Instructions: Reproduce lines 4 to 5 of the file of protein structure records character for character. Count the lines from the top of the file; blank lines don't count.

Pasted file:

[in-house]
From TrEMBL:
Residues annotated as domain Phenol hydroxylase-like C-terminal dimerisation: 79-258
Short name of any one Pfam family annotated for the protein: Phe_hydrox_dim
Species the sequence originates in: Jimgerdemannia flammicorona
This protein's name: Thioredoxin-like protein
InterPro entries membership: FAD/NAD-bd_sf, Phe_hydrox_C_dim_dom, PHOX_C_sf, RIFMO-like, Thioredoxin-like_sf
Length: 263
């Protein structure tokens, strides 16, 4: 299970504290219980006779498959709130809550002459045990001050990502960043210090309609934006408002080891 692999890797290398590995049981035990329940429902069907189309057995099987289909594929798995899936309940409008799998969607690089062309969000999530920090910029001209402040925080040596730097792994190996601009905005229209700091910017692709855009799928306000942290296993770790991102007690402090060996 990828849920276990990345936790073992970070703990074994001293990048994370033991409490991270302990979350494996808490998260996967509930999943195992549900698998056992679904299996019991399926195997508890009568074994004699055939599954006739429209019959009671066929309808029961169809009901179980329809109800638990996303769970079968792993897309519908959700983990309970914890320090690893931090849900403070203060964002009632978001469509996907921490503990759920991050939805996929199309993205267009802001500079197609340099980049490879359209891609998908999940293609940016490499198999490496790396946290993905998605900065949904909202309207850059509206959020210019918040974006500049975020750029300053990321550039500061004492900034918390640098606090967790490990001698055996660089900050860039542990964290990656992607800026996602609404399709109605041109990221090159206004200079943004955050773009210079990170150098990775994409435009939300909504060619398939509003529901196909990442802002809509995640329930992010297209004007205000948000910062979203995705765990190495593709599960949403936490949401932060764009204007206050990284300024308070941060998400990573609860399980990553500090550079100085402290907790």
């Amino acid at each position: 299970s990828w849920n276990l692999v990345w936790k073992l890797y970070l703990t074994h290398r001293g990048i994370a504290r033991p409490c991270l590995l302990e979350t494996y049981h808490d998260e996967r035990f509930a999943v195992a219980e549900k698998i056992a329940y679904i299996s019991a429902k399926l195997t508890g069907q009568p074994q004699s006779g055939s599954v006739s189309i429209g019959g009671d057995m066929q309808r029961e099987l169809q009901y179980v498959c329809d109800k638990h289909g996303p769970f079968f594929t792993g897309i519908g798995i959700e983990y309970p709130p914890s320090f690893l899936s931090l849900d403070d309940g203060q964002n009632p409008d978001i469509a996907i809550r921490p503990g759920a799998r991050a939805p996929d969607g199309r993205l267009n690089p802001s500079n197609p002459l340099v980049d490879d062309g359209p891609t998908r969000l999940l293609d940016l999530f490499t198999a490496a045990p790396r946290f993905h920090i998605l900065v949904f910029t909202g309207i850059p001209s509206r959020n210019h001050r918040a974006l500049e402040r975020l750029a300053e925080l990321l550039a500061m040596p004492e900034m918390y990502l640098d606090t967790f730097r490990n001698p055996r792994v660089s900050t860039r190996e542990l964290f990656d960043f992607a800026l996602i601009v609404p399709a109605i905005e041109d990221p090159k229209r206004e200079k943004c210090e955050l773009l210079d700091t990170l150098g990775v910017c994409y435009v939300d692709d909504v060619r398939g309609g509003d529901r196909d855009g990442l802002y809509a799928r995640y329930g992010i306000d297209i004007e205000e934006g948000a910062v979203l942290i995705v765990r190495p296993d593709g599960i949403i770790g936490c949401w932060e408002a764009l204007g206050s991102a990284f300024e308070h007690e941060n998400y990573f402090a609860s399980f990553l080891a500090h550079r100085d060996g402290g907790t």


Short name of any one Pfam family annotated for the protein: Phe_hydrox_dim
Species the sequence originates in: Jimgerdemannia flammicorona